Can I Wear Trail Running Shoes When Running on Roads?

Runners feet
Photo by John Foxx

"I have a pair of trail running shoes. Is it safe to wear them when running on roads, in addition to trails?"

Whether you're running in regular running shoes or trail running shoes, the most important factor is whether they're the right shoes for your foot and running gait. Some runners need more support and motion control than others, based on the way they run. Running in the wrong shoes can lead to discomfort while running and possible injuries.

If you haven't already, go to a running specialty store and get a gait analysis, so a running shoe expert can recommend the right shoes for you.

Trail Running Shoes vs. Road Running Shoes

The main difference between trail running shoes and road running shoes is that the trail shoes are usually made with thicker materials. They're usually heavier and have sturdier than regular road running shoes, so you're less likely to bruise your soles and toes, or tweak your ankle.

Trail running shoes are generally fine to wear when running on the roads. However, if you're doing faster workouts such as tempo runs or interval workouts, you may feel more comfortable (and faster) in a lighter shoe.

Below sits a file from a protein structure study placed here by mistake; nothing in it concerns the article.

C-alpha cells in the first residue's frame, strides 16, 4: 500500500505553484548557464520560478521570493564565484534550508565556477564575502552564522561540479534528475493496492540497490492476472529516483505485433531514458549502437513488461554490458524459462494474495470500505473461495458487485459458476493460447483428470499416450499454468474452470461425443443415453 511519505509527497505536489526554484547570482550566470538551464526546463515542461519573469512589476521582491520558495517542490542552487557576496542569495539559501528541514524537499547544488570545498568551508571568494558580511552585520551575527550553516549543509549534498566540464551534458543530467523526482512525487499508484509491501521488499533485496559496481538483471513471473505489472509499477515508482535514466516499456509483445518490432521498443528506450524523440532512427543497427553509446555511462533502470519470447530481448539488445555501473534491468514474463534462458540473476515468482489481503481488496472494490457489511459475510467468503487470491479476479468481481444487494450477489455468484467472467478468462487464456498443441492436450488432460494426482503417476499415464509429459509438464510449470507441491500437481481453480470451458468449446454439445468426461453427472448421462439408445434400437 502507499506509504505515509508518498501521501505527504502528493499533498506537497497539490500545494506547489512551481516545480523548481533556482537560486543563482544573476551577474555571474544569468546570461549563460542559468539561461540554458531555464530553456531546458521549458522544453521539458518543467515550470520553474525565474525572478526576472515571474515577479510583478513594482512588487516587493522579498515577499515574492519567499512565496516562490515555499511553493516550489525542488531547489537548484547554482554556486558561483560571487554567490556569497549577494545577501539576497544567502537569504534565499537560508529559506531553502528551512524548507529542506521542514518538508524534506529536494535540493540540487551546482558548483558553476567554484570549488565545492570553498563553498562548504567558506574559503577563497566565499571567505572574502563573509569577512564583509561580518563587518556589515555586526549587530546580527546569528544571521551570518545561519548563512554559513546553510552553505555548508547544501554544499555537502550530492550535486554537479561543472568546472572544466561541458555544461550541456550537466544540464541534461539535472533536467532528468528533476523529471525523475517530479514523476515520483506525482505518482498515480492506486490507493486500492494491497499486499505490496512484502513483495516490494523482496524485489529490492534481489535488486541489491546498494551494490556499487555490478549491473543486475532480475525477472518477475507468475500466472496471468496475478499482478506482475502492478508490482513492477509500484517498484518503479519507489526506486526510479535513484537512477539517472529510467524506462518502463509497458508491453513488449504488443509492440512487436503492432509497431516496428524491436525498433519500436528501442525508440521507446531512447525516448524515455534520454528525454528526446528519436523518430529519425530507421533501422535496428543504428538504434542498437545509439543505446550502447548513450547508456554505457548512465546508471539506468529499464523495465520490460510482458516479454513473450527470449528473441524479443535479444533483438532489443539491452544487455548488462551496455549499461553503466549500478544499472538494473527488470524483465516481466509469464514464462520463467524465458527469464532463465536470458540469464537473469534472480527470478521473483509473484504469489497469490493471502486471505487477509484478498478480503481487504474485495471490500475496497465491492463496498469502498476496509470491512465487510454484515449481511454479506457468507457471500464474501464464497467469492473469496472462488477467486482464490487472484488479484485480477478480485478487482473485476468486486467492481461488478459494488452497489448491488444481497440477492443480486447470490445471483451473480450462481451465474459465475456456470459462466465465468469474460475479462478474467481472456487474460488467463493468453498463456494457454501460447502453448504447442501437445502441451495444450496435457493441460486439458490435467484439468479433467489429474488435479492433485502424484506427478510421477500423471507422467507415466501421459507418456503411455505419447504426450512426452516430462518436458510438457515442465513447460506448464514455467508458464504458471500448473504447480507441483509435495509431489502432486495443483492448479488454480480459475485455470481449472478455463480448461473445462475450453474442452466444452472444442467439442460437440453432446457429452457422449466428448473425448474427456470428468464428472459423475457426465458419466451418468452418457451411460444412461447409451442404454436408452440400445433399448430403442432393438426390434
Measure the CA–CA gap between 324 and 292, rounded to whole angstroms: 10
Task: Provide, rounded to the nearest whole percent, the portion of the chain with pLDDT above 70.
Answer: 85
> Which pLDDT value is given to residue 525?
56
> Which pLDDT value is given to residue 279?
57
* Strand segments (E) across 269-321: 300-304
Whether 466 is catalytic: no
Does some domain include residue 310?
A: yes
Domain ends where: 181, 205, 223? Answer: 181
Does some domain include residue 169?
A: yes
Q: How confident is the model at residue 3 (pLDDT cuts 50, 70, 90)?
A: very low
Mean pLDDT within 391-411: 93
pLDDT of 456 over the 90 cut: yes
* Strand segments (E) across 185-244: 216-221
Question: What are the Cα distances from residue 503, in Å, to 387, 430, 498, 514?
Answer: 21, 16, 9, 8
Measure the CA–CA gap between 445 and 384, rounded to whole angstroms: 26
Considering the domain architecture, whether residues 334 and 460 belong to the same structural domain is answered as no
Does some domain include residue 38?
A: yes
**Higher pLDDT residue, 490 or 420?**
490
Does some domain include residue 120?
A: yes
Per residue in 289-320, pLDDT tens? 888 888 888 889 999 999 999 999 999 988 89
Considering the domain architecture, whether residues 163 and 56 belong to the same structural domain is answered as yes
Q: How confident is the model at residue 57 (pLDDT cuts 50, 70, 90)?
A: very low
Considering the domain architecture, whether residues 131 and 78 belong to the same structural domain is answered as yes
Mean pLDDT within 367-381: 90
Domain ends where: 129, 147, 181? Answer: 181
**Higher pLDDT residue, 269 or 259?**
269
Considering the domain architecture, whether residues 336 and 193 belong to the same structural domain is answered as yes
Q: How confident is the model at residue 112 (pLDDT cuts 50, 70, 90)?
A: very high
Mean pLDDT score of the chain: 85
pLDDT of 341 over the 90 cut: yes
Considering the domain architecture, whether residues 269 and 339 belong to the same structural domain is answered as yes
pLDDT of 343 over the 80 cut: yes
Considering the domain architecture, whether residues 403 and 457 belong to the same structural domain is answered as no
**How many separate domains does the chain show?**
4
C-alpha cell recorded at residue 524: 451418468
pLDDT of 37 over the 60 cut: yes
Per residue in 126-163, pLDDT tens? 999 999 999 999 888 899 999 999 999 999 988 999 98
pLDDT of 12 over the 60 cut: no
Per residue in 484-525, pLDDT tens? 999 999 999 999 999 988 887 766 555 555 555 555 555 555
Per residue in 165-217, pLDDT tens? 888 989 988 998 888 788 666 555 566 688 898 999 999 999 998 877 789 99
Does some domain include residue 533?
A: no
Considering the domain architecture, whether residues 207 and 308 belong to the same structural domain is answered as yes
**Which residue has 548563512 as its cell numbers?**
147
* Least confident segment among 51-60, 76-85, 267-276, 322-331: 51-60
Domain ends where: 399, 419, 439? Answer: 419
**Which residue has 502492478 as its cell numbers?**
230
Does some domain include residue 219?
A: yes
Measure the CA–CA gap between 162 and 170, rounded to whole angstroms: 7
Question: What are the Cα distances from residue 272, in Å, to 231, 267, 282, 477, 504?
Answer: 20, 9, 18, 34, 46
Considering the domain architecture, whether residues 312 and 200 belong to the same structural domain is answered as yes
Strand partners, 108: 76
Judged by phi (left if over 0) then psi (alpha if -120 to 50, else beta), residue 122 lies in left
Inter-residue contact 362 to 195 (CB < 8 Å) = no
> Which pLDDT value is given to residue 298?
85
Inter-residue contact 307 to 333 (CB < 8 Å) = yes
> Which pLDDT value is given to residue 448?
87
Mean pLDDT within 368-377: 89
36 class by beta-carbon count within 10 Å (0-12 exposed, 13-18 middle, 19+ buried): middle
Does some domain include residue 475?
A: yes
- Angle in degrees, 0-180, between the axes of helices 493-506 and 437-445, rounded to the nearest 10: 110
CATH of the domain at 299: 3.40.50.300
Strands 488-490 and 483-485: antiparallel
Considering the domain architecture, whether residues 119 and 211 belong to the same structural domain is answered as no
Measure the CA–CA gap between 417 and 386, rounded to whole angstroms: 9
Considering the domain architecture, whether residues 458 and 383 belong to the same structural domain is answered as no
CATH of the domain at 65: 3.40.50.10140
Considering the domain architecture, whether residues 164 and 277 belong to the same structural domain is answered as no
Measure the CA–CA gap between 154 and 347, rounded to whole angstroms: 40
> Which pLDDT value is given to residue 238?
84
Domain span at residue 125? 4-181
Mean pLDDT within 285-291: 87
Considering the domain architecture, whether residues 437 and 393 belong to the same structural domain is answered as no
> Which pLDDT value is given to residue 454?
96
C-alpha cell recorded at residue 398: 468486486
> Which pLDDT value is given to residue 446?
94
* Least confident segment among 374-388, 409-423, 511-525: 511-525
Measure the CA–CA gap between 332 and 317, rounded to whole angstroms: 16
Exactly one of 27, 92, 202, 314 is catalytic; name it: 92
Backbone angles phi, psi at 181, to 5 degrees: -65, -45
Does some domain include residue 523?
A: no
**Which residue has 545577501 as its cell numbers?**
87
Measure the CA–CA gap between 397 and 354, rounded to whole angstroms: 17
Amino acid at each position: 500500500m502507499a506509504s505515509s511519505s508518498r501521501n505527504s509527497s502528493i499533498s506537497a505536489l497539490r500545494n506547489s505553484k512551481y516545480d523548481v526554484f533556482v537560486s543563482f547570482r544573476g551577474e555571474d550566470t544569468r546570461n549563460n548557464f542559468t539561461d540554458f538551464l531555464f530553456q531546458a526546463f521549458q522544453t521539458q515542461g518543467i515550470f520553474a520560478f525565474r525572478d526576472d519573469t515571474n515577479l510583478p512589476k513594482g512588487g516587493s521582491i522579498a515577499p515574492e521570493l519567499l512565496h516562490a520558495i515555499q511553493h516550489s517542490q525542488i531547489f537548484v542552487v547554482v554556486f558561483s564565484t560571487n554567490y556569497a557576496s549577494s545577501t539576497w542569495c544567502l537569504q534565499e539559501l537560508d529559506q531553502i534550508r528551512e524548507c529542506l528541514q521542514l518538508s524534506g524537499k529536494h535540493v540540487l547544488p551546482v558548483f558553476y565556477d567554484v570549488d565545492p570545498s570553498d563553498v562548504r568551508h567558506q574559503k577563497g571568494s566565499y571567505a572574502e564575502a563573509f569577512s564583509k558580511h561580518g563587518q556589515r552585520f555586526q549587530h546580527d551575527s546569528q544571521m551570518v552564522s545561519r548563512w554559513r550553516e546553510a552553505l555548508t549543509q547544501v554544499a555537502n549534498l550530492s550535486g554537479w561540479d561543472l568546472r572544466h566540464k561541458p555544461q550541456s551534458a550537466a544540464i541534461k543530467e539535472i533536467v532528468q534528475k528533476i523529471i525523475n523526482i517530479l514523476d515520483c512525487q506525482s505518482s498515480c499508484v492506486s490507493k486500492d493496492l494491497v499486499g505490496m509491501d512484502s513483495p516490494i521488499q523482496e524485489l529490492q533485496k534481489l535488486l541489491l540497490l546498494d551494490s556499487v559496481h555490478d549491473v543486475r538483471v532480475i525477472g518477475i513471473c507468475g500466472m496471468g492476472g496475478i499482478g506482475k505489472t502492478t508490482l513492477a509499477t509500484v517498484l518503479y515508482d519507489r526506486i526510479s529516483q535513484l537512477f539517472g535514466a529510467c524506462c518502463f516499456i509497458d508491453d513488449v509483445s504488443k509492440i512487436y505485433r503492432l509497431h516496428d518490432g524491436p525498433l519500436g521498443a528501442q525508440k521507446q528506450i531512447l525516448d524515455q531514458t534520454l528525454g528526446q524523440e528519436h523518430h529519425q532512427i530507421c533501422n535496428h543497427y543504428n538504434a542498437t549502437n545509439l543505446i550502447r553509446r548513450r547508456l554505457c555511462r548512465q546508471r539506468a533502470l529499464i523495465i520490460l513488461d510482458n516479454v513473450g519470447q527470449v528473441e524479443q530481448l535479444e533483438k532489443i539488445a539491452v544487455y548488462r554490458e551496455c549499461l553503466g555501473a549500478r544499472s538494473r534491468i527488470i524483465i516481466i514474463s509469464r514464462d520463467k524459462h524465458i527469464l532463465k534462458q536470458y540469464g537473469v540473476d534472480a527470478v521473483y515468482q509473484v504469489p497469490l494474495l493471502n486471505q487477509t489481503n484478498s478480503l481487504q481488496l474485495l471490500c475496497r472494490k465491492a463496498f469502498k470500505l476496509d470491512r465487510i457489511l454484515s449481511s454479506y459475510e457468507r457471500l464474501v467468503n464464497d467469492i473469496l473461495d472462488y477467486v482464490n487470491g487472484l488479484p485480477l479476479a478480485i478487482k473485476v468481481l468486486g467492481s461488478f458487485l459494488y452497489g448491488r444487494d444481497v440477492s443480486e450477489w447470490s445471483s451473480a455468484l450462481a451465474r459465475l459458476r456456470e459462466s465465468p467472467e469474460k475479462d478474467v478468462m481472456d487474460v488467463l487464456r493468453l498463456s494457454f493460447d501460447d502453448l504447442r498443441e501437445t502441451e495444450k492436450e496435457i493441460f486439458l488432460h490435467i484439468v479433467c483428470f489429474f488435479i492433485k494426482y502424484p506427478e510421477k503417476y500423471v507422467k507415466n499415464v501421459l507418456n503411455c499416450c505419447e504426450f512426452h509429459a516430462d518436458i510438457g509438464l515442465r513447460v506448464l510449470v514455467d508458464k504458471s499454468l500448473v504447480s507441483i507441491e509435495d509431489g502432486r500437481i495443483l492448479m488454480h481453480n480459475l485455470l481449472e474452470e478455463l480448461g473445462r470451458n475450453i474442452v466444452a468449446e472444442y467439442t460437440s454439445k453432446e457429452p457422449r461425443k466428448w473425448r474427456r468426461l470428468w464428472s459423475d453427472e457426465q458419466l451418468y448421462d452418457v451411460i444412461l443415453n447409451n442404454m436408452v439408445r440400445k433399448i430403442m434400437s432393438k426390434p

How's the Weather?

The weather is also a big factor when determining what type of running shoes to wear. If it's very hot and humid, you may also prefer lighter road running shoes over trail runners, so your feet don't get too sweaty.

On the other hand, you may find that you're actually better off wearing trail running shoes when running on the roads or sidewalks when the weather is bad. Because trail shoes are thicker and usually more water-resistant, they can be more comfortable and safer when running on snow or in the rain.

So, How Many Pairs of Running Shoes Do I Need?

One pair of running shoes is sufficient for a beginner runner.

However, if you're really getting into running, you may want to invest in multiple pairs of shoes. For example, you may want a pair of trail running shoes solely for trail and bad weather running, and a pair of regular running shoes for treadmill and road running. Some runners who run several times a week like to rotate two pairs of running shoes. Alternating shoes will increase the life of your shoes because you'll give them a day or two to decompress and dry out between workouts.

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